The International Classification of Diseases (ICD) system is integral to ensuring proper care for patients. The upcoming transition from the ICD-9 to ICD-10 coding system (October 2015) is approaching quickly. This change will increase the number of codes from 7,000 to 70,000, allowing health care providers to be much more specific with their diagnostic descriptions. However, it also means that the codes will be more complex, increasing the chance for errors. With the ICD transition, the implications for home health reimbursements are significant. The erosion of the Medicare 60-day episode gives way to outcomes-based discharges and cost containment, as well as other models created because of changes in the industry; HIPAA compliance audits and enforcement actions are likely to continue to ensure privacy of patient information. Regulators and insurers, as well as Medicare's BPCI conveners, are expected to rapidly recognize the value of home health due to the cost difference as compared to hospital and nursing facility-based care.
The Importance of Technology
With reduction of costs being one of the triple aim goals, payment system innovation is key (see box above). Health care payment systems have traditionally been fragmented and noncollaborative, but they are moving toward a cohesive system centered on population health management and outcome-driven payments. Fraudulent medical claims cost United States taxpayers millions of dollars each year. Fraud prevention strategies can play a major role in deterrence and early detection, and technology holds the key. The federal government's ability to mine data and detect potentially fraudulent activity will become more refined moving forward. CMS launched a specific task force to reduce health care fraud—the Healthcare Fraud Prevention and Enforcement Action Team (HEAT). While most home health agencies are hard-working, honest and ethical, operators would be wise to put initiatives in place to safeguard their organizations from unethical employees. Technology provides a measure of prevention in both these situations. Health care is a field of innovation. From diagnostic tools to pharmaceuticals to communications and record keeping, we have already seen technology change health care for the better. Most recently, mobile device companies are offering consumer-driven health care apps to give consumers more empowerment over their own health. Today, mobile applications can do so much more than help people keep track of their calories or how far they run. Mobile technology is redefining health care for both patients and providers. In home health, for instance, the proof-of-care data and real-time patient signatures made possible through Electronic Visit Verification (EVV) are helping improve patient outcomes and keeping agencies efficient in multiple ways:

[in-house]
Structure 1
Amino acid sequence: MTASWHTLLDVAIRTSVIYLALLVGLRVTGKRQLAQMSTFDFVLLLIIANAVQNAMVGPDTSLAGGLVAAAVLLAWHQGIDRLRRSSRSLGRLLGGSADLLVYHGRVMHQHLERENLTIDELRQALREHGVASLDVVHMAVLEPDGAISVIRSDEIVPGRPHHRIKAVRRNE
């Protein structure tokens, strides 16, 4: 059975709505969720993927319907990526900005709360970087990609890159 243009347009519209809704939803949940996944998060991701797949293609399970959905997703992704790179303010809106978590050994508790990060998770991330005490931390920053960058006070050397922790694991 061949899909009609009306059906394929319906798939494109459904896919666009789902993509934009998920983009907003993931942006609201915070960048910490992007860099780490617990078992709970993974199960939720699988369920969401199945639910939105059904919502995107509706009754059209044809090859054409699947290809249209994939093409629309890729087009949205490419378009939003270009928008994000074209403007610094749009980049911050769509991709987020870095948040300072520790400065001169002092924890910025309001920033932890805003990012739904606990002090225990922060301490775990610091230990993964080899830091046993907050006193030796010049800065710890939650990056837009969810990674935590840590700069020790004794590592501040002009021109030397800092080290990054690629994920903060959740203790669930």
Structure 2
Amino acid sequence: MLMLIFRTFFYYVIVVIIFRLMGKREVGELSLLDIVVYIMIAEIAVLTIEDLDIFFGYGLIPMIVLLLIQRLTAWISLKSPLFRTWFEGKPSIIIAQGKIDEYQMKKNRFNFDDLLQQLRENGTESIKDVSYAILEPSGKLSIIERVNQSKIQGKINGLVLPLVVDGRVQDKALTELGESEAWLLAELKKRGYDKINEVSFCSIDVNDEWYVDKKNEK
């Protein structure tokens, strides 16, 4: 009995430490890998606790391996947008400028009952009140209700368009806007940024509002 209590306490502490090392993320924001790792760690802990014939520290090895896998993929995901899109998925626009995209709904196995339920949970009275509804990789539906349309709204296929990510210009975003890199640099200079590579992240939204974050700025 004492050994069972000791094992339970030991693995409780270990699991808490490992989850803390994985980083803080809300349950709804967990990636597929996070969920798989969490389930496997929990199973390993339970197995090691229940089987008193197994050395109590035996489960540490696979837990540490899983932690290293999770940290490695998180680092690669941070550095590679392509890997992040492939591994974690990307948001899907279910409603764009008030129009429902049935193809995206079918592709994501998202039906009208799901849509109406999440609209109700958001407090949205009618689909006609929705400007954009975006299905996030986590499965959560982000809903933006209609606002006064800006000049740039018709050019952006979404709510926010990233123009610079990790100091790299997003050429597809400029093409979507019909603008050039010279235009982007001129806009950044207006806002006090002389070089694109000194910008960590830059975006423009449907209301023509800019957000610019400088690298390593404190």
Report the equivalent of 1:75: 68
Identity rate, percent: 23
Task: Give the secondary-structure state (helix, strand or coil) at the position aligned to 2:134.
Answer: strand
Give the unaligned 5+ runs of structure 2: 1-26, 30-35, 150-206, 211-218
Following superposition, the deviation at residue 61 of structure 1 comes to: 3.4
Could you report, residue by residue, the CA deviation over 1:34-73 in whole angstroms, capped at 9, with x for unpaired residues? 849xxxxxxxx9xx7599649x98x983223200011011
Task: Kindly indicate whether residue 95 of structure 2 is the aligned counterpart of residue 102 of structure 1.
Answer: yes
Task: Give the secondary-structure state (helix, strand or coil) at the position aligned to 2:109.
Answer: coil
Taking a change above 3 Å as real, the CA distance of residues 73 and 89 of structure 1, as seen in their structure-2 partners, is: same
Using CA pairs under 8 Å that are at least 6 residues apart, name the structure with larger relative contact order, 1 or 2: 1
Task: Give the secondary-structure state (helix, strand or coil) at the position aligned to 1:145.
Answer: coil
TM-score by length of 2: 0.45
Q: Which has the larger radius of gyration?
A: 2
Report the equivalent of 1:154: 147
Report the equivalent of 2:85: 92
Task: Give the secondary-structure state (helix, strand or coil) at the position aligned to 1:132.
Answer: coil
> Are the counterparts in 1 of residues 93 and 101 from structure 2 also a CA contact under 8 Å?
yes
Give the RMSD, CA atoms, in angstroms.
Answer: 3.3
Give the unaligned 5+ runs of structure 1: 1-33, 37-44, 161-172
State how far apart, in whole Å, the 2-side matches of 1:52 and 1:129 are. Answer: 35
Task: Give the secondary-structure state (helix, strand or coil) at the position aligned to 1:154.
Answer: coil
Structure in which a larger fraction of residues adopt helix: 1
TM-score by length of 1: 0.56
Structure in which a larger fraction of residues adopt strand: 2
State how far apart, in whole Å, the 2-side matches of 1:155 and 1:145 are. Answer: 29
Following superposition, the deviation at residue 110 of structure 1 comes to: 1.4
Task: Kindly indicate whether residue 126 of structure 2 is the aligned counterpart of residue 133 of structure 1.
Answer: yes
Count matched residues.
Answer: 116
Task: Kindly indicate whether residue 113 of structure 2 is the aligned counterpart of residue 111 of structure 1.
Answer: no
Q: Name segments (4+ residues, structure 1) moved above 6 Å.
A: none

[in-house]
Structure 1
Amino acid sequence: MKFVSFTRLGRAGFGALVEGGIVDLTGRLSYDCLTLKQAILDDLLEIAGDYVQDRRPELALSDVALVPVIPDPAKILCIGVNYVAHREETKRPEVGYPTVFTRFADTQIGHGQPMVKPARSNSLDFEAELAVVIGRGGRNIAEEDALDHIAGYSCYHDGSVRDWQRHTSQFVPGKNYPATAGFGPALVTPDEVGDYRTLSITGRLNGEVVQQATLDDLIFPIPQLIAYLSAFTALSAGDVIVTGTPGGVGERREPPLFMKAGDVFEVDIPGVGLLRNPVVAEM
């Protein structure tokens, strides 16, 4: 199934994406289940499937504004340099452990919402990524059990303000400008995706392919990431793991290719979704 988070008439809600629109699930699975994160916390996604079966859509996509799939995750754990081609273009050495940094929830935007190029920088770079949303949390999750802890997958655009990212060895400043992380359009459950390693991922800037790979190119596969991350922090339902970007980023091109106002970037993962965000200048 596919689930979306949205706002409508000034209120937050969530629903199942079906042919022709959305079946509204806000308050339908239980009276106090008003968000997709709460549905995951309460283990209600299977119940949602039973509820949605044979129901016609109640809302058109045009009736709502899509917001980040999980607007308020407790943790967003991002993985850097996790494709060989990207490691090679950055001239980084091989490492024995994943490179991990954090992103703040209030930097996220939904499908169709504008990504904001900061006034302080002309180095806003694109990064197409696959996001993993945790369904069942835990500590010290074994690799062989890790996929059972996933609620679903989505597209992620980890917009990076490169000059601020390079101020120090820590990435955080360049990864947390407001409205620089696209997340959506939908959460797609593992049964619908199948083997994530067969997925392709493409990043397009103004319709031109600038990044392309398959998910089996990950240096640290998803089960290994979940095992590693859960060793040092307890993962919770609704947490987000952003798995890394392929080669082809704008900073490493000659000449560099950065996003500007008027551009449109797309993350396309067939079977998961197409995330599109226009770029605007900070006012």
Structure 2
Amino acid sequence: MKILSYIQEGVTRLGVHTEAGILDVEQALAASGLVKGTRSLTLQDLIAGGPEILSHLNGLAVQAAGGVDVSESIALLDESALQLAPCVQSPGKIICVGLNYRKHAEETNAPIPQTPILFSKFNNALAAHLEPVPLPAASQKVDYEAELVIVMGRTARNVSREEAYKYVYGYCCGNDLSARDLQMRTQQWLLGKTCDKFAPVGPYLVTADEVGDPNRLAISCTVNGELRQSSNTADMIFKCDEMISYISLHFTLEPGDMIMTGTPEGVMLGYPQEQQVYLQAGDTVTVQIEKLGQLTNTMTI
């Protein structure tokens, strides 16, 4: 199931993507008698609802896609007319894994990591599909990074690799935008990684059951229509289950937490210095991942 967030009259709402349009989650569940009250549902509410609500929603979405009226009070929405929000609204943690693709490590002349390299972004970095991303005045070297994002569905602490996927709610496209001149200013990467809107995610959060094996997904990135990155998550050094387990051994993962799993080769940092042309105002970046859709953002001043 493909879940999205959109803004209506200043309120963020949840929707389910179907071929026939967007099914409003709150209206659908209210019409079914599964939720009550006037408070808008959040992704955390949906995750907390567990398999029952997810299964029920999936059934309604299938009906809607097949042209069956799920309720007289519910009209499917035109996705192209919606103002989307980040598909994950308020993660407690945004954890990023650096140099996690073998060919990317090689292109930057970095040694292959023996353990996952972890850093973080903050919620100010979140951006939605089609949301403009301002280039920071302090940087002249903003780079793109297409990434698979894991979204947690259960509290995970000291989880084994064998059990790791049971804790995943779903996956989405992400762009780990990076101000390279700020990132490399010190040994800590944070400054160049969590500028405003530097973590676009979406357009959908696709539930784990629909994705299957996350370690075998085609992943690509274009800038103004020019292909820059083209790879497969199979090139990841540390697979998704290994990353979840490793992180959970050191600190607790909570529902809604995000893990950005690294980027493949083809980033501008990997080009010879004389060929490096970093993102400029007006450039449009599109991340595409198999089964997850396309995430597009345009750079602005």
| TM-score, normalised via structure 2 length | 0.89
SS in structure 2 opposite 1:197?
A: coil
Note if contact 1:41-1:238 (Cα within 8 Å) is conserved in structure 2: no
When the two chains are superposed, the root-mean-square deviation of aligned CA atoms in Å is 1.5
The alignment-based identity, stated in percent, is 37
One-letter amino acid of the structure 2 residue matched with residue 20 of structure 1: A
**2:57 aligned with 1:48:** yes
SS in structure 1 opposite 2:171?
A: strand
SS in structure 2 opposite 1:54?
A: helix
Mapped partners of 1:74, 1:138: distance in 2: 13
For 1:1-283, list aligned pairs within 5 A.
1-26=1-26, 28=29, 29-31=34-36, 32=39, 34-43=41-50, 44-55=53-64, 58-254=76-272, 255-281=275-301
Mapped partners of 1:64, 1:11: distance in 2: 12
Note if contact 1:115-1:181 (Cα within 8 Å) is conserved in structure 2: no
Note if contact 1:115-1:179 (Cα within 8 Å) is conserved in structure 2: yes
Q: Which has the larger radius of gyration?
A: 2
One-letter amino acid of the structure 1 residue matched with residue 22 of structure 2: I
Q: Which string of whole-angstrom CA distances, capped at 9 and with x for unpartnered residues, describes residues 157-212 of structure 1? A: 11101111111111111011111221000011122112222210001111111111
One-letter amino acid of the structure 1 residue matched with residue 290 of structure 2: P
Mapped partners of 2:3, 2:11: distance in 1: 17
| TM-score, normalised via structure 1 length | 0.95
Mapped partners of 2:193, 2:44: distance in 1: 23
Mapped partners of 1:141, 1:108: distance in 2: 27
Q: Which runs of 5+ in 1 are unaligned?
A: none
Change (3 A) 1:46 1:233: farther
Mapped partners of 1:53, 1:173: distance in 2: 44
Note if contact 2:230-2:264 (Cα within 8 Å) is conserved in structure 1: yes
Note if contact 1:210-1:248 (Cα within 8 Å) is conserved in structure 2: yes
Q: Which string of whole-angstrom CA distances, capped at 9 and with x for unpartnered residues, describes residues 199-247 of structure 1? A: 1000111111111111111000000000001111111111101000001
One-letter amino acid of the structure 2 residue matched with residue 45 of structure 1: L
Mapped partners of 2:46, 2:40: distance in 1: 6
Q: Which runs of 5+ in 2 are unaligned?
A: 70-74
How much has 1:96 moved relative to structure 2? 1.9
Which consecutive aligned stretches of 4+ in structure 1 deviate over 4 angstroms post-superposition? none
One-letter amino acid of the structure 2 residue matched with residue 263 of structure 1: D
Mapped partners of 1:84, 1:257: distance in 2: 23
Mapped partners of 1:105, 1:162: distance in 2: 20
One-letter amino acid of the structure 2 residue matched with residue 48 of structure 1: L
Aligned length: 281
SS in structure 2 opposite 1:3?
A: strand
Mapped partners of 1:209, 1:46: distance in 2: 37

- Support HIPAA compliance
- Improve billing accuracy and speed of reimbursement
- Streamline payroll processing
- Reduce the possibility of data errors
- Facilitate scheduling
- Free home care professionals to focus on the patient rather than the paperwork
As the Affordable Care Act continues to be implemented, growing the ranks of the insured, expanding Medicaid in many states and requiring greater transparency and efficiency throughout the industry, home health agencies that are adaptive and embrace technology effectively will not only be able to survive, but they will also thrive.
Payment Systems Innovations
- Bundling of services under a central convener, such as a hospital, an accountable care organization (ACO) or a health care system
- Payment systems being organized in regional markets
- Interconnectedness of data among hospitals, physician clinics, nursing facilities and home health agencies through use of interoperable technology